Community Control can include house arrest or home confinement, or other community-based alternative sentences. The house arrest process is a sentence in which the person is technically confined to their own home where their presence is monitored by an electronic transmitter attached to their ankle. When the ankle bracelet is more than a set distance away from the base unit installed in your house, an alert sounds at the control center where probation officers will be notified that the person has left their home without authorization.  


There are various degrees of freedom allowed to community control participants, often reducing restrictions as the offender demonstrates more success or rehabilitation. 


This sentence allows the confined person to go to work, school, religious services, counseling, drug treatment programs, medical appointments, and other places if the Community Control officials authorize it in advance.  


Like other “less than jail” sentences, violation of Community Control rules can lead to a violation and cause the person to be moved from home to prison.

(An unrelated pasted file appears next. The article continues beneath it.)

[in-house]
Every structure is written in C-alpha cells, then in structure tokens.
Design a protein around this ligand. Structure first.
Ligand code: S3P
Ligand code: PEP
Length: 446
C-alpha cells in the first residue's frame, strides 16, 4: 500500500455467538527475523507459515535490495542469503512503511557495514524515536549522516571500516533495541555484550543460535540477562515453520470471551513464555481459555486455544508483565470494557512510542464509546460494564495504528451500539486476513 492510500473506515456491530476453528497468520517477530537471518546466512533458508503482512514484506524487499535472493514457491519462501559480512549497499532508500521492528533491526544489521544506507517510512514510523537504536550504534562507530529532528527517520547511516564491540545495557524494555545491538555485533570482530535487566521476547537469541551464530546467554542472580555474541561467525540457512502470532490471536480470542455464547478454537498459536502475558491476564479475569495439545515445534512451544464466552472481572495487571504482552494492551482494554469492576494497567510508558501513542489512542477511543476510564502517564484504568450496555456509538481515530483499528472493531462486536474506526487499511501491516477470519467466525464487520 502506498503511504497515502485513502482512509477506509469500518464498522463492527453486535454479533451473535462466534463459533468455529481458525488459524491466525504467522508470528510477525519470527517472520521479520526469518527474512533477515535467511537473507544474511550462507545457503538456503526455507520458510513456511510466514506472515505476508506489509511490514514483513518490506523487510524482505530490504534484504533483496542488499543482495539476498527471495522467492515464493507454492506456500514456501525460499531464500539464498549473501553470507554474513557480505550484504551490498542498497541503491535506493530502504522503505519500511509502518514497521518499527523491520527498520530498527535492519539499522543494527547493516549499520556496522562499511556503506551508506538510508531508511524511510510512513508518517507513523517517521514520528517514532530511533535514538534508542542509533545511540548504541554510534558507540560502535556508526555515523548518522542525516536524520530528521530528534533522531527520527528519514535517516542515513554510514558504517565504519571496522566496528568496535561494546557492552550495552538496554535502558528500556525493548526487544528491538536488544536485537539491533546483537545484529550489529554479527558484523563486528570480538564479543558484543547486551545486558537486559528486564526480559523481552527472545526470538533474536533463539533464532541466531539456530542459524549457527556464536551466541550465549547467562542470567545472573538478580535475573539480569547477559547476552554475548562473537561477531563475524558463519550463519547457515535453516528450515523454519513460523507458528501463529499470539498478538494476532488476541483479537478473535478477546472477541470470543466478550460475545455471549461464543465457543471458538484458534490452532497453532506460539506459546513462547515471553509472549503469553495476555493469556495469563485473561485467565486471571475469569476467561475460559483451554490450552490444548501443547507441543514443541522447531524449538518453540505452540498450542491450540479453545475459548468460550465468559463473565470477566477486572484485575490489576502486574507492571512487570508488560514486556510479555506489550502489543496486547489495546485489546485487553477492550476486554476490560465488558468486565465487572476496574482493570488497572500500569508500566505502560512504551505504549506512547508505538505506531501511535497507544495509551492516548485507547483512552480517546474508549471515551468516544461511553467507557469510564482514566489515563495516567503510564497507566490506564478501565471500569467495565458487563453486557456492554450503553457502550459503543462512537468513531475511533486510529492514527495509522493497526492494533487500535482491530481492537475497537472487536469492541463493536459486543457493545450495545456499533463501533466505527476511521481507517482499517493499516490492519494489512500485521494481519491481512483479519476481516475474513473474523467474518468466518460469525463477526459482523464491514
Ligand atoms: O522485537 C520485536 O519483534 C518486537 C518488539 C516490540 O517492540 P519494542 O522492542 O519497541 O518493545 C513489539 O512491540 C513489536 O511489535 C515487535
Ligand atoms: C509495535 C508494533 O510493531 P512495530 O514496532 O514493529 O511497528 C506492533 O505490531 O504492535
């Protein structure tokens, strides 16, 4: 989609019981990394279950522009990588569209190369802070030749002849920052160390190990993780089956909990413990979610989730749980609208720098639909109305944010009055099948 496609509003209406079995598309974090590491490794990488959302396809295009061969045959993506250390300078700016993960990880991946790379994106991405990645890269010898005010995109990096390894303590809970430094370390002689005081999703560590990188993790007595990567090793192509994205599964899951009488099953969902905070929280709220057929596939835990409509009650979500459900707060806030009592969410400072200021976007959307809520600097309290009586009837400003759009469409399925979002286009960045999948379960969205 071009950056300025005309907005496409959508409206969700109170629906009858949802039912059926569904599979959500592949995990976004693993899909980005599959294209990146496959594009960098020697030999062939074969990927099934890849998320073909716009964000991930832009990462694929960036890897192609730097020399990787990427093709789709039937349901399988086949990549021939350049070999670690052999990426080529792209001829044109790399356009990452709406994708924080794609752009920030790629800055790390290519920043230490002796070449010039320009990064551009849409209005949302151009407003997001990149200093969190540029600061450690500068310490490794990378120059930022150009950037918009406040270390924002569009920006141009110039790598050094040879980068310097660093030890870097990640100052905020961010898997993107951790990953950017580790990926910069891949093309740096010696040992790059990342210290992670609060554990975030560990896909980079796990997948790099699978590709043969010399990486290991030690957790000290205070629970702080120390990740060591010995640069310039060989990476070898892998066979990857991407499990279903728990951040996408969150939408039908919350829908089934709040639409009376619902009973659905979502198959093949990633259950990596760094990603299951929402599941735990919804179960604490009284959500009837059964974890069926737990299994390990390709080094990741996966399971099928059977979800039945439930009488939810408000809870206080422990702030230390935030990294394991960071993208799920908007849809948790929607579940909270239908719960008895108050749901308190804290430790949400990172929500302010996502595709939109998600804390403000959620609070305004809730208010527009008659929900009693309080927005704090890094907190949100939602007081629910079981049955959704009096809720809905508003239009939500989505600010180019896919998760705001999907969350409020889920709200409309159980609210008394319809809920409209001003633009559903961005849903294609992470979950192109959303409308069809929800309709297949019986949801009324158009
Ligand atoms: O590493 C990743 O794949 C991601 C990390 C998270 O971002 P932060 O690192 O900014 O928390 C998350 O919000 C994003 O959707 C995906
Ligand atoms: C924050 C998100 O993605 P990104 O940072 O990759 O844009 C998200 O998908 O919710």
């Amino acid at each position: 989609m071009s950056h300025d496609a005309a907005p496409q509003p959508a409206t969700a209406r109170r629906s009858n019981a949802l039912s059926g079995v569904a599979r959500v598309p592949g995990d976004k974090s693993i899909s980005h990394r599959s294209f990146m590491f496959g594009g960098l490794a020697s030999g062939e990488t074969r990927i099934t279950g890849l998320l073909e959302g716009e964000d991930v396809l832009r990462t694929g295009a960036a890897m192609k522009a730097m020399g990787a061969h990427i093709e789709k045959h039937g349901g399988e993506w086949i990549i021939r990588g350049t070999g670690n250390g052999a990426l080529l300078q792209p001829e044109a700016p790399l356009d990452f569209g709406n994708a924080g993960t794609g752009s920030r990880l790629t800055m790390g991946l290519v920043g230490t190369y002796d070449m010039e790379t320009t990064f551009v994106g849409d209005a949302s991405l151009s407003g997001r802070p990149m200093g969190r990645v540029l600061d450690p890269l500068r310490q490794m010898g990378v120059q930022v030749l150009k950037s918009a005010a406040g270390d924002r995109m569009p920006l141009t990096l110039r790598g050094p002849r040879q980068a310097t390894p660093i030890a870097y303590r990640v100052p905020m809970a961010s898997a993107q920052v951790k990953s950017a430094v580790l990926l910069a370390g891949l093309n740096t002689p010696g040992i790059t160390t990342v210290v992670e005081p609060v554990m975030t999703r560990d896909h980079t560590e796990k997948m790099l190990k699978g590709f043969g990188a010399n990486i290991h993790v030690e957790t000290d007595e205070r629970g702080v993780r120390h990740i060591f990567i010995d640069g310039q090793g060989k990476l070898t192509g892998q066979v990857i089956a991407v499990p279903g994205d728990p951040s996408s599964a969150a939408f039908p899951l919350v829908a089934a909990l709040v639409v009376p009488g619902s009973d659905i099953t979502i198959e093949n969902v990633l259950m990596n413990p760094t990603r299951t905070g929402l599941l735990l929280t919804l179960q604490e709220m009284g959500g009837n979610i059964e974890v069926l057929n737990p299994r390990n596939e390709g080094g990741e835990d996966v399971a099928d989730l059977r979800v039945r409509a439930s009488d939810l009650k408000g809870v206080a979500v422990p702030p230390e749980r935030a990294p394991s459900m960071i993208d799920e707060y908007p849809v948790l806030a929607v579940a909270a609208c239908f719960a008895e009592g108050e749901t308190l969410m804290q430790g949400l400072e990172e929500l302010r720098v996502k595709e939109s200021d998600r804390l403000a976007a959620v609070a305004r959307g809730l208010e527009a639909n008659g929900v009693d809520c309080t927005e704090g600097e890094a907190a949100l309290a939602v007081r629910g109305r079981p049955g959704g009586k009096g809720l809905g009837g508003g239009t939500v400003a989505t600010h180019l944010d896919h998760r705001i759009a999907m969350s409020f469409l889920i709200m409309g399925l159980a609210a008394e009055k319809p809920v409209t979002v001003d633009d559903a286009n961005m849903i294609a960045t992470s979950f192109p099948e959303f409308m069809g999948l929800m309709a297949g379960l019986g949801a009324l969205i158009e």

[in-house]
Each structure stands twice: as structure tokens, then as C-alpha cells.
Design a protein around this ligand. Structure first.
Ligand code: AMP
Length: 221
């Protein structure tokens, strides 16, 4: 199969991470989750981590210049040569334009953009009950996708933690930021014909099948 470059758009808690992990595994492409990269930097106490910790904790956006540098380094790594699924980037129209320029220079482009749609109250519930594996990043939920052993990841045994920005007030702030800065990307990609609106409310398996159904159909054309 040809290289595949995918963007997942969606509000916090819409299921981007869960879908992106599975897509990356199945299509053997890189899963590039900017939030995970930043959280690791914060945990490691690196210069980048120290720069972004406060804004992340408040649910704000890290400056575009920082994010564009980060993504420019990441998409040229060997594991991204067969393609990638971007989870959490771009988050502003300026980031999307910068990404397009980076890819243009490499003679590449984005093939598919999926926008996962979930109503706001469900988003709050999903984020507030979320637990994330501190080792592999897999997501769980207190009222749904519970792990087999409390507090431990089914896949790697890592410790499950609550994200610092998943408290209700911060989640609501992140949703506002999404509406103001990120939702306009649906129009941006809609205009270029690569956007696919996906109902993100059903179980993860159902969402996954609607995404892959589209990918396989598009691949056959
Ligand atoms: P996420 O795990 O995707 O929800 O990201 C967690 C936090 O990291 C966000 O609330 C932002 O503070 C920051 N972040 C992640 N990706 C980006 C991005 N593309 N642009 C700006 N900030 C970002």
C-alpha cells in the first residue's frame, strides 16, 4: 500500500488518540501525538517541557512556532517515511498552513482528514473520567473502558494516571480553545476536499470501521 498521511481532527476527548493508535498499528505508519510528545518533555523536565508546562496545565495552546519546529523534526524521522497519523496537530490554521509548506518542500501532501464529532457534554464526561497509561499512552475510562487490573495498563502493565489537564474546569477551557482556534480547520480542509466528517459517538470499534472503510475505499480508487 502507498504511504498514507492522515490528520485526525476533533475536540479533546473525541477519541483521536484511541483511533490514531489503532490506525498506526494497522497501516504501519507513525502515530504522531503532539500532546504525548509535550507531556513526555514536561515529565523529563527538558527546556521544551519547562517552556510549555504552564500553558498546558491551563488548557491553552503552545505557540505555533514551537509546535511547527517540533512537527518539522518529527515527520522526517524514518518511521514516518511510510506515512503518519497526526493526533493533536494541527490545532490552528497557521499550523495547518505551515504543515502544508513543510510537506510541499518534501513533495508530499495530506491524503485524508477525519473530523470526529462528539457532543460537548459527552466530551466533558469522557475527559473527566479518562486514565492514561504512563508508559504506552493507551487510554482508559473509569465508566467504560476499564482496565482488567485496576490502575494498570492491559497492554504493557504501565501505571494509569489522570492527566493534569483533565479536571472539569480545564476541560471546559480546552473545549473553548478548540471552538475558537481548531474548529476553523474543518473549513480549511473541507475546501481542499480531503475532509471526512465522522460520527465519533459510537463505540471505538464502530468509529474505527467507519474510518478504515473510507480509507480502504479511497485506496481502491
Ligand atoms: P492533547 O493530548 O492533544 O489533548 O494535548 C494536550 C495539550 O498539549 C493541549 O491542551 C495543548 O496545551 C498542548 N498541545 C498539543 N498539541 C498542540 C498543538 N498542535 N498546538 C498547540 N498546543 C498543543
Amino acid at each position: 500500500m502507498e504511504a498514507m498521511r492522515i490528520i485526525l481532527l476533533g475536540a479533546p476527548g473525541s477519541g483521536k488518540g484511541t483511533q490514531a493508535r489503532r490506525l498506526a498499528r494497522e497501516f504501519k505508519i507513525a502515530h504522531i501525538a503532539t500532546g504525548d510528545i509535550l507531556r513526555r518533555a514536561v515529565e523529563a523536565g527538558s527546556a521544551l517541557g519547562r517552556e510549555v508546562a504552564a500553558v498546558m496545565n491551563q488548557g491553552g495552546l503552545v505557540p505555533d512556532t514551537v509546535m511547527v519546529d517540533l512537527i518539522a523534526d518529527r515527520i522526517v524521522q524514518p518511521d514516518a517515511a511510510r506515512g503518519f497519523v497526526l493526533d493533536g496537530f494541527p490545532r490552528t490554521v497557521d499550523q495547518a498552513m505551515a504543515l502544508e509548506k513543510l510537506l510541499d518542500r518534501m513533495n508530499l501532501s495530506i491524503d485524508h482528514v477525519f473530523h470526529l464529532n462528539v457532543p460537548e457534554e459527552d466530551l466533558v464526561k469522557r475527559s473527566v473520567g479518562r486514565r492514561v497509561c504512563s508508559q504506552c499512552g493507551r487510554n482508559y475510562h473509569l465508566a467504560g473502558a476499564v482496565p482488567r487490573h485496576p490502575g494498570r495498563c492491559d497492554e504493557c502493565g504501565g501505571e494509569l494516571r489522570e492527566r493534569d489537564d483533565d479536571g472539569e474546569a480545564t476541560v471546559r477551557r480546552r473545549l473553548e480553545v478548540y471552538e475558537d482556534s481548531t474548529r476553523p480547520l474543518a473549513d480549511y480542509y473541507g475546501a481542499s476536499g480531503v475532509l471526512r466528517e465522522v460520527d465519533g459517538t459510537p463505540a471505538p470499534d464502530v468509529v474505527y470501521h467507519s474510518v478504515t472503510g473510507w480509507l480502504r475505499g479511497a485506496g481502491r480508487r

Pretrial Intervention Drug Court (Drug Court) 


Incarcerating criminal offenders whose root problem is drug addiction has been a failed strategy. What has been successful in achieving rehabilitation and reducing repeat criminal offenses (recidivism) are drug court programs. The Pretrial Intervention Drug Court Program is the name of our drug court in Hillsborough County. 


Only the prosecution determines who is admitted to the program. It’s important to work with an experienced criminal defense attorney who knows how drug court works in their county and who has the respect of the prosecutors they deal with regularly. In Tampa and throughout Hillsborough County, Stechschulte Nell, Attorneys at Law has had success convincing prosecutors to allow our clients to seek recovery through the drug court.